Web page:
The Current Population Survey shows that from 1994 to 2001 young people were increasingly taking full-time jobs. By March 2001, an annual average of 40.5 percent of people age 19 to 21, and 61.5 percent of people age 22 to 24, were employed full-time. Following the recession of 2001, the trend reversed completely. By March 2013, an annual average of only 23.3 percent of those age 19 to 21 had full time jobs, and only 46.0 percent for those age 22 to 24.

fte_by_age

While data show a long-term decrease in full-time employment among younger people, the same data also show two signs that a weak labor market plays a role. First, the full-time employed share of both age groups has increased steadily since 2014. As of the year ending in March 2018, 28.3 percent of those age 19 to 21, and 52.2 percent of those age 22 to 24, are employed full-time.

Second, if education were driving the change in youth employment then summer youth employment would increase relative to school-year employment. Since most US schools offer students a summer break, the share of young people employed full-time during June, July, and August is much higher than at any other point during the year. If young people are opting for school because of abundant attractive new jobs, then summer break might provide an increasing chance for full-time employment for those in school during the rest of the year. However, summer full-time employment has actually fallen relative to school-year employment, suggesting the opposite, that young people are having a harder time obtaining summer jobs compared to the period from the mid 1990s through 2001.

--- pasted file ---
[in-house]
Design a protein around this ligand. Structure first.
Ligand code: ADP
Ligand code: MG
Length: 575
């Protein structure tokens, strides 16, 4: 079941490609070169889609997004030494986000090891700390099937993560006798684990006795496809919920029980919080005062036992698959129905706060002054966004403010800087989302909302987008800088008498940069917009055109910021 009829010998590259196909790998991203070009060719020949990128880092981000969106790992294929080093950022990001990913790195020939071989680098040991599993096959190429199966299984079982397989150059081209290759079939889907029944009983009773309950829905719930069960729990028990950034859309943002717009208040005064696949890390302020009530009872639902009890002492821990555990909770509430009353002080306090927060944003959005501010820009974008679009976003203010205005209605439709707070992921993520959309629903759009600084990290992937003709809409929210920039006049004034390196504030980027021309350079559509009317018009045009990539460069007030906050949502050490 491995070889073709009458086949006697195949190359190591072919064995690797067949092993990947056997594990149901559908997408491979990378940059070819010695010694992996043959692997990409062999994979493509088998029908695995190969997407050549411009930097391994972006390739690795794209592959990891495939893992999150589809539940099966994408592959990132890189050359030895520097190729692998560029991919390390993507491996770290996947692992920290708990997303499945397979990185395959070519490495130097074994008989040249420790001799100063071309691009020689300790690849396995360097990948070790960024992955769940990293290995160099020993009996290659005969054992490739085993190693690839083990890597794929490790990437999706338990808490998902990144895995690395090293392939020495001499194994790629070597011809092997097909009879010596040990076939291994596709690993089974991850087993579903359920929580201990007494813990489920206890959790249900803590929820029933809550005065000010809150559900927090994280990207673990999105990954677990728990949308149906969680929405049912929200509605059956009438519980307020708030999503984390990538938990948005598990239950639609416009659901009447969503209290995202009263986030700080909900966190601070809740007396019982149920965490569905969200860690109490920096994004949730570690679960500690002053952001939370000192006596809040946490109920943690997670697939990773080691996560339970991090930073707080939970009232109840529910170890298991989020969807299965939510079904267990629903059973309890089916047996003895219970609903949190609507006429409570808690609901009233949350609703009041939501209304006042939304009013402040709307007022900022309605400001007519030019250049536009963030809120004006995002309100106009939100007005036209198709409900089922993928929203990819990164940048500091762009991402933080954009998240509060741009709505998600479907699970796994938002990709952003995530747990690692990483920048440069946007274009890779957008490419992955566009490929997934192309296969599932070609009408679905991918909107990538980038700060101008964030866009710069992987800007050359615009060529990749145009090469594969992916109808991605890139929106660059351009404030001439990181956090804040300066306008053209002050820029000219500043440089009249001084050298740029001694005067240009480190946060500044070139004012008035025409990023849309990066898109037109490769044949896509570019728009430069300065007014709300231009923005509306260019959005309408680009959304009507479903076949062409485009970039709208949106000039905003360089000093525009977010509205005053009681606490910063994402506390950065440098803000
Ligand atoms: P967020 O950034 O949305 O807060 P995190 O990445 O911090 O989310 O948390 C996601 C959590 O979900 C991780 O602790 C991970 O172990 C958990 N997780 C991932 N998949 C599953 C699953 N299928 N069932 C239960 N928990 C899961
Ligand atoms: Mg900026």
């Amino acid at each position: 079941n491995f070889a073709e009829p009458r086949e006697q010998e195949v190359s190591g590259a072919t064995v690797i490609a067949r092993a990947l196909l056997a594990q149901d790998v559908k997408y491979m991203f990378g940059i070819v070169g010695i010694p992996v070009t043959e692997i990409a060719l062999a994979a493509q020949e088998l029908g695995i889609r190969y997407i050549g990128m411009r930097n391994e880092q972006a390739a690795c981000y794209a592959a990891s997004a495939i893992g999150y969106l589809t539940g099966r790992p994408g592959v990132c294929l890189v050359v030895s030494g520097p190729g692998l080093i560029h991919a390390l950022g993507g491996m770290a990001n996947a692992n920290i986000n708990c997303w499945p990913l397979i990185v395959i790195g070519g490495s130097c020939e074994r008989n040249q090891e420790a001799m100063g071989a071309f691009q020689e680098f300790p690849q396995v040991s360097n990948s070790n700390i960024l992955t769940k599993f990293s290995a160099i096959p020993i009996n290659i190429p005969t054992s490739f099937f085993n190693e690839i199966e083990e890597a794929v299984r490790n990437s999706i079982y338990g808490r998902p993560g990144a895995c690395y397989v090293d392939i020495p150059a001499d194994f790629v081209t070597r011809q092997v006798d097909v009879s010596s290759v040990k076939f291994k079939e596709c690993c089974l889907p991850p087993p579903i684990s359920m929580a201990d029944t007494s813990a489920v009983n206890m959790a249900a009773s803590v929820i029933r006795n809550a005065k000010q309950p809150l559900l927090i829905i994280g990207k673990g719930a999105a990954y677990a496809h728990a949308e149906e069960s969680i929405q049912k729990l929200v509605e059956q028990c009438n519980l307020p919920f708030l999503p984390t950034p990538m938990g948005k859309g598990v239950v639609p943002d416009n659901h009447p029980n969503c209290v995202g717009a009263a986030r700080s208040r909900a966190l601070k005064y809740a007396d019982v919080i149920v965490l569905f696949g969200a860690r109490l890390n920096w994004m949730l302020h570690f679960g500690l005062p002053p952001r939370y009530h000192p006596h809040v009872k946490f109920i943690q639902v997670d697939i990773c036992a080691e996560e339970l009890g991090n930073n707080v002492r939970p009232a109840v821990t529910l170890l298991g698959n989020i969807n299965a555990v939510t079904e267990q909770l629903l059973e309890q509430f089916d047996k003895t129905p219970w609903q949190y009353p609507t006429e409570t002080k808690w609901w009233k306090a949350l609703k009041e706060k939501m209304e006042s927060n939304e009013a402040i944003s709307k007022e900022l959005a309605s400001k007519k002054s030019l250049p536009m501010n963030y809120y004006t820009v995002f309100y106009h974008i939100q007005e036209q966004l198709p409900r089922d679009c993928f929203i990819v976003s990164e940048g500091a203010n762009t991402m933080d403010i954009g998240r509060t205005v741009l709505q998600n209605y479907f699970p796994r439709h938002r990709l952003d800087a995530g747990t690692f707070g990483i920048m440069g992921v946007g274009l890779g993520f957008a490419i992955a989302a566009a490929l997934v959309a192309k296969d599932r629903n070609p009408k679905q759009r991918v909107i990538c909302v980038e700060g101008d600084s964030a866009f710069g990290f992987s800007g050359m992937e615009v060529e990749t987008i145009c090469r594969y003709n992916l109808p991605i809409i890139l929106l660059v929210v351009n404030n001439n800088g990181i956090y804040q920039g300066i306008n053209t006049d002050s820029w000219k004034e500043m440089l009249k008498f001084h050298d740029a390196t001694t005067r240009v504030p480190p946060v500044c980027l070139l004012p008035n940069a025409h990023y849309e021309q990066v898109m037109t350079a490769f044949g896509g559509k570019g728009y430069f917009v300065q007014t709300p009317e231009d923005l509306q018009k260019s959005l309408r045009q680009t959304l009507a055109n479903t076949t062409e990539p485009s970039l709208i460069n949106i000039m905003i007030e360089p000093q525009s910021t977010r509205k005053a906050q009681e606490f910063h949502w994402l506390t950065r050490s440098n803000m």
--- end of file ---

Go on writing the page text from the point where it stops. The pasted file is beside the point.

The weak labor market therefore plays a role in encouraging school enrollment; those who are able to do so can wait out a poor set of job opportunities while gaining new skills. It’s important to note, however, that the tighter labor market since 2014 seems to have slowed, but not reversed, the previously rapidly increasing share of young people who are not in the labor force, and do not want a job, because they are enrolled in school.

nilf_by_age

In 1994, for about half of those age 19 to 21 who are not in the labor force (meaning they are not employed and have not been looking for work) the reason was school enrollment. The rest are often staying home to take care of family, disabled and unable to work, or sometimes believe that there is no job available. Since then, school enrollment has rapidly increased labor market non-participation. By the latest data, covering the year ending in March 2018, more than two thirds of non-participation is due to school enrollment. Among those age 22 to 24, the rate climbs from about one third in 1994 to about one half in the latest year of data. School-related non-participation growth among the slightly older cohort has largely stalled since 2013, while growth has slowed some among the younger group.

Much of the overall drop in full-time employment among young people comes from school enrollment. At least some portion was motivated by the particularly poor quality of the labor market during the years from 2001 to 2013, with students hoping to emerge more competitive and ideally at a time when job applicants have more bargaining power. It remains to be seen how much the Fed will allow the labor market to tighten  and how full-time employment and school enrollment will respond among younger people.